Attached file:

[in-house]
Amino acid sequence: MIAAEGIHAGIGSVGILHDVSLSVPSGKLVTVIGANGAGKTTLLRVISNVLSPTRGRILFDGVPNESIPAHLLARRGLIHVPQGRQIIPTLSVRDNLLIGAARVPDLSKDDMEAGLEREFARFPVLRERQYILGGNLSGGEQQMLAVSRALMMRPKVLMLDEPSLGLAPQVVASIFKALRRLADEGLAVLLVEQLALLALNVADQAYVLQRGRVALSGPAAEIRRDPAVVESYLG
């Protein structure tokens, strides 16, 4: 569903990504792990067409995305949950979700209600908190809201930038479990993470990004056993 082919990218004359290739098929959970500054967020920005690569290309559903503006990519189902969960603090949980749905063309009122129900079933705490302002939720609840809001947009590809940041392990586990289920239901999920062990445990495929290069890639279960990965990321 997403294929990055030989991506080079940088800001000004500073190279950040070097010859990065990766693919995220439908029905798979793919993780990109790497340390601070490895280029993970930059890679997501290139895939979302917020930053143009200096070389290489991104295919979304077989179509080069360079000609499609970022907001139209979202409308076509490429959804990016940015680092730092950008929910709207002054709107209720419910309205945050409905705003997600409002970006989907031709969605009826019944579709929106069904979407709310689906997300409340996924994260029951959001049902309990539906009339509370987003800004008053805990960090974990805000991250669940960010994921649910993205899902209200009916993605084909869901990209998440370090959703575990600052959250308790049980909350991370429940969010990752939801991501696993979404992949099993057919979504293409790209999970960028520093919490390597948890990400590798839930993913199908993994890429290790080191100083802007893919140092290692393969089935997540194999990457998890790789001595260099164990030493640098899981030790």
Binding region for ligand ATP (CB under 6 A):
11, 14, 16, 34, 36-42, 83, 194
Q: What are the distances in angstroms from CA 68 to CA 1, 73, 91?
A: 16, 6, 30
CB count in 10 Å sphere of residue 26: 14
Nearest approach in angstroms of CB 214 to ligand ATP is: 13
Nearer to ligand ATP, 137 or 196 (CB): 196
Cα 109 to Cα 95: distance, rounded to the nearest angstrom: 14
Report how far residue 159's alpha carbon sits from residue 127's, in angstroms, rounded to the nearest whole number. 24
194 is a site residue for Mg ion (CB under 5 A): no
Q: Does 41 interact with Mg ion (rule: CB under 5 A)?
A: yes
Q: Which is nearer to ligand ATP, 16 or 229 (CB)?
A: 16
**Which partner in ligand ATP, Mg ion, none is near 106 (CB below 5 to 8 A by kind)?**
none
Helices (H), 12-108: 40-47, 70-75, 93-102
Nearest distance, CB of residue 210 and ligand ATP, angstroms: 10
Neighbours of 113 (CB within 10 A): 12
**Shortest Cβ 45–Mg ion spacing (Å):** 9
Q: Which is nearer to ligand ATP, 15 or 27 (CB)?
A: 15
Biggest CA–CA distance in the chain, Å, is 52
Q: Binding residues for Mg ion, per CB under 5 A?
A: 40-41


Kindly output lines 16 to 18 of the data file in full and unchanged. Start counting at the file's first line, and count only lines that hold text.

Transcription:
Q: Which is nearer to ligand ATP, 16 or 229 (CB)?
A: 16
**Which partner in ligand ATP, Mg ion, none is near 106 (CB below 5 to 8 A by kind)?**